RSPCA backs farmers on milk prices

The RSPCA is urging shoppers to avoid cut-price milk sold by supermarkets, warning that it could have a knock-on effect on cow welfare.

Recent price cuts threatened to badly affect the welfare of dairy cows, said the charity, urging shoppers to avoid tempting milk deals.

Although some supermarkets pay farmers for milk based on the cost of production (COP), the RSPCA said most diary farmers were not lucky enough to be on such contracts.

Farmers not on COP pricing models are frequently receiving less than 25p for milk that costs them more than 30p/litre to produce.

Major processors have slashed some 4p a litre off the farmgate milk price since 1 April.

Producing milk at a loss was unsustainable, said John Avizienius, deputy head of the RSPCA’s farm animal science team and a former dairy herdsman.

“Although a drop in cost of milk and cheap deals might seem like great news for shoppers, we are concerned that ultimately it will be cows that will pay the price.

“We are in the ridiculous situation where milk is cheaper than bottled water at some supermarkets; that simply cannot be right.”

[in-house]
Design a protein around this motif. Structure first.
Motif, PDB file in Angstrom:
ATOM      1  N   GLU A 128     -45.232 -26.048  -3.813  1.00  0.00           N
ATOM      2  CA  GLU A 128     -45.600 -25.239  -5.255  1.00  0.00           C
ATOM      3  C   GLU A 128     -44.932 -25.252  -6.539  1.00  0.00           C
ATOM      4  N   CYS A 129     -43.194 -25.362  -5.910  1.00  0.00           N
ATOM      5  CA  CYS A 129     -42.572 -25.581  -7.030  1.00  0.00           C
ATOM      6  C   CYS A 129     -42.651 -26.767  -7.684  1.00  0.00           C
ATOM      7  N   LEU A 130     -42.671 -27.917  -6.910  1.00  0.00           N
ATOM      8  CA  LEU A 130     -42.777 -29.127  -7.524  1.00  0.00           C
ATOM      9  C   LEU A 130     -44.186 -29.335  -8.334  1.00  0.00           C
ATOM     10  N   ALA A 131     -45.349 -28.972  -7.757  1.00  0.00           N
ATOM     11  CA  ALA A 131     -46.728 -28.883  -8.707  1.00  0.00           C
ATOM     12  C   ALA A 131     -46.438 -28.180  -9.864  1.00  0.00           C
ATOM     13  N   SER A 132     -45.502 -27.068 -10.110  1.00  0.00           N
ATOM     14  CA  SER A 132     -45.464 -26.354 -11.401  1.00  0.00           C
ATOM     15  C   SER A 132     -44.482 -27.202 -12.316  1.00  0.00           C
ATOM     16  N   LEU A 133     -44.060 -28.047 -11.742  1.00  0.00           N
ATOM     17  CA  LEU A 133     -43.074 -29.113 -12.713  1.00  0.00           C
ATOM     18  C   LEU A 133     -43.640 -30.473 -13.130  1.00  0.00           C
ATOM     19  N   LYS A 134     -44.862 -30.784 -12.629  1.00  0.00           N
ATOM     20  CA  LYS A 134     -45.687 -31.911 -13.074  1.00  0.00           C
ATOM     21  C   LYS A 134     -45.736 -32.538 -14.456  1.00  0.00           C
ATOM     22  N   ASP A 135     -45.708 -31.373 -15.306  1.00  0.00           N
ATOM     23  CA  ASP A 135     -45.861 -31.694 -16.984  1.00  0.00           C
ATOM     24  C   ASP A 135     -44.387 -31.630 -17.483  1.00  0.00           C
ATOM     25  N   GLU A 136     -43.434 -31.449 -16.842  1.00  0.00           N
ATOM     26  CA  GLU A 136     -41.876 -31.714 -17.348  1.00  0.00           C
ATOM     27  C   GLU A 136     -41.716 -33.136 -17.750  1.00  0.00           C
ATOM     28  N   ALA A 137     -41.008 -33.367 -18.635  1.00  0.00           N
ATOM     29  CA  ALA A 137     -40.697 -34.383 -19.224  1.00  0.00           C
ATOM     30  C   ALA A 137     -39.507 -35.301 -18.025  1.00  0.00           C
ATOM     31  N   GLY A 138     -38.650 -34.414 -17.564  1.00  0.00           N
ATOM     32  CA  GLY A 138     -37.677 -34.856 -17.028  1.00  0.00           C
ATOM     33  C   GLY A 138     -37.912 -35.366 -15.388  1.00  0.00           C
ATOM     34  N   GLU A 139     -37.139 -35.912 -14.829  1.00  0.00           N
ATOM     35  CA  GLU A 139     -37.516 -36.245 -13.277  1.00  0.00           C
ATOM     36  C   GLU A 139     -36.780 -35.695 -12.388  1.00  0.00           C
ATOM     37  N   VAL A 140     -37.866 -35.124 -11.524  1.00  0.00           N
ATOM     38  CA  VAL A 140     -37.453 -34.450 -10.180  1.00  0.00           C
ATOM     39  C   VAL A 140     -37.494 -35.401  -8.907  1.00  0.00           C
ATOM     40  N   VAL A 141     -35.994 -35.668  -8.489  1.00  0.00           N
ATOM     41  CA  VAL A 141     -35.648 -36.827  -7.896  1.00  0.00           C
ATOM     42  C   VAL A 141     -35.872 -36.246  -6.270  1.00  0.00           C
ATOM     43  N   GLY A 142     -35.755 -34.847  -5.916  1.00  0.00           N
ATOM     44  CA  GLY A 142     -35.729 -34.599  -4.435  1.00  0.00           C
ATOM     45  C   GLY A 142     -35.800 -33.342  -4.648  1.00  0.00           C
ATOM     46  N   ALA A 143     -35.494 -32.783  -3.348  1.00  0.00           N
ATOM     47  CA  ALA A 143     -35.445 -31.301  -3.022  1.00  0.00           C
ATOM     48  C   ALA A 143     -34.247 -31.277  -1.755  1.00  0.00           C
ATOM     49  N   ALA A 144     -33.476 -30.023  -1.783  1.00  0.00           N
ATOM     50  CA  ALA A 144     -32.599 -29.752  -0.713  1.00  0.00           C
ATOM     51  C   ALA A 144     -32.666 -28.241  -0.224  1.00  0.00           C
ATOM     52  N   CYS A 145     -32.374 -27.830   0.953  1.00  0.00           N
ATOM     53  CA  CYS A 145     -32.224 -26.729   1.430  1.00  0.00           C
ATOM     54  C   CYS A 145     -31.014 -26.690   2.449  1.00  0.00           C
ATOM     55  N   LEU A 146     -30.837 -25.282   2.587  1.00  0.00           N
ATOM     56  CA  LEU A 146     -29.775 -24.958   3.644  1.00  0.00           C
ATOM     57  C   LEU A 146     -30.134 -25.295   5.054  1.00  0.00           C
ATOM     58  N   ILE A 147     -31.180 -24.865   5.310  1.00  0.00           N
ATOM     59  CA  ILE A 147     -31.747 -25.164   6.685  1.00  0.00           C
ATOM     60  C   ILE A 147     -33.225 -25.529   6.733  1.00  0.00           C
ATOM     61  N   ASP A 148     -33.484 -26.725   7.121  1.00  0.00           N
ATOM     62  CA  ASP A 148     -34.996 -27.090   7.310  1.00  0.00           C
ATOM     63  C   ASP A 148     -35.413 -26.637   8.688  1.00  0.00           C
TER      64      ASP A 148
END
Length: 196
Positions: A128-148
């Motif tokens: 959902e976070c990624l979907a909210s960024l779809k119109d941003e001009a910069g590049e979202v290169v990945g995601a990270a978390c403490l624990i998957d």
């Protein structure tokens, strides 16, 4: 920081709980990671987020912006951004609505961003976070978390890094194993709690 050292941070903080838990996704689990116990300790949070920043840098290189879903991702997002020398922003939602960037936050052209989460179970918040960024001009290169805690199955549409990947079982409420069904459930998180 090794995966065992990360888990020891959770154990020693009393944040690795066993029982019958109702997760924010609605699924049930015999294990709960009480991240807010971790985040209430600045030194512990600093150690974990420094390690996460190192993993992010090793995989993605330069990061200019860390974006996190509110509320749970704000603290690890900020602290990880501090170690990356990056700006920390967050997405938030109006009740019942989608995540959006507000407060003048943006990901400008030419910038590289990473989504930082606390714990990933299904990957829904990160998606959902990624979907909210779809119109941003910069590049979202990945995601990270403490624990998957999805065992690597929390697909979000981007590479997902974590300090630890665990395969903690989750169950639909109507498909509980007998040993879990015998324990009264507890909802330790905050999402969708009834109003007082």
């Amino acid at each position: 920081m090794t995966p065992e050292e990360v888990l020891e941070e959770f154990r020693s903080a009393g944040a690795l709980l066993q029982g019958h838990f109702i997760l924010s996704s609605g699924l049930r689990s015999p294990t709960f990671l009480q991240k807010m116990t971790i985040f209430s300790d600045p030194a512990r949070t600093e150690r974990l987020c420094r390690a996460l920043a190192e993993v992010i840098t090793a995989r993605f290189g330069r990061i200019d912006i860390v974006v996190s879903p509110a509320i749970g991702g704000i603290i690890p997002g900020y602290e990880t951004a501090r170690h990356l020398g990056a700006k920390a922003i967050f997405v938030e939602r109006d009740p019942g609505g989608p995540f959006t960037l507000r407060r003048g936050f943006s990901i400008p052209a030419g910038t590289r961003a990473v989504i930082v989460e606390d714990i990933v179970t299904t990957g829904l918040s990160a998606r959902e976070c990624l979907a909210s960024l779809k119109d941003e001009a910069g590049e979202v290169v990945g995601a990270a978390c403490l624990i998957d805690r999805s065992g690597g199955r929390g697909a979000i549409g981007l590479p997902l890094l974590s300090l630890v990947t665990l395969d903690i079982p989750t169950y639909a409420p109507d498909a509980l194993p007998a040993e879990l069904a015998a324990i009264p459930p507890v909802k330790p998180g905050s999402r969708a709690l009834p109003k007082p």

Cows would ultimately pay the price for cheap milk, said Mr Avizienius.

“We know people care about the welfare of farm animals and would urge them to think of dairy cows when they are doing their weekly shop.

“I believe shoppers would be even happy to pay an extra one or two pence on a pint of milk if it safeguarded dairy cow welfare.”

The RSPCA had been working on a number of initiatives and projects with the government and the dairy industry to improve welfare in the UK.

Farmers were making efforts to tackle important issues such as mastitis and lameness in the national herd through the national dairy cow welfare strategy, which the RSPCA was helping to implement.

“I am concerned that this drop in the market price of milk could put the brakes on these and other planned welfare improvements.

“For example if a farmer was due to upgrade their cubicles or straw yards to make them more comfortable for their cows they may not have the money to invest in that now.”

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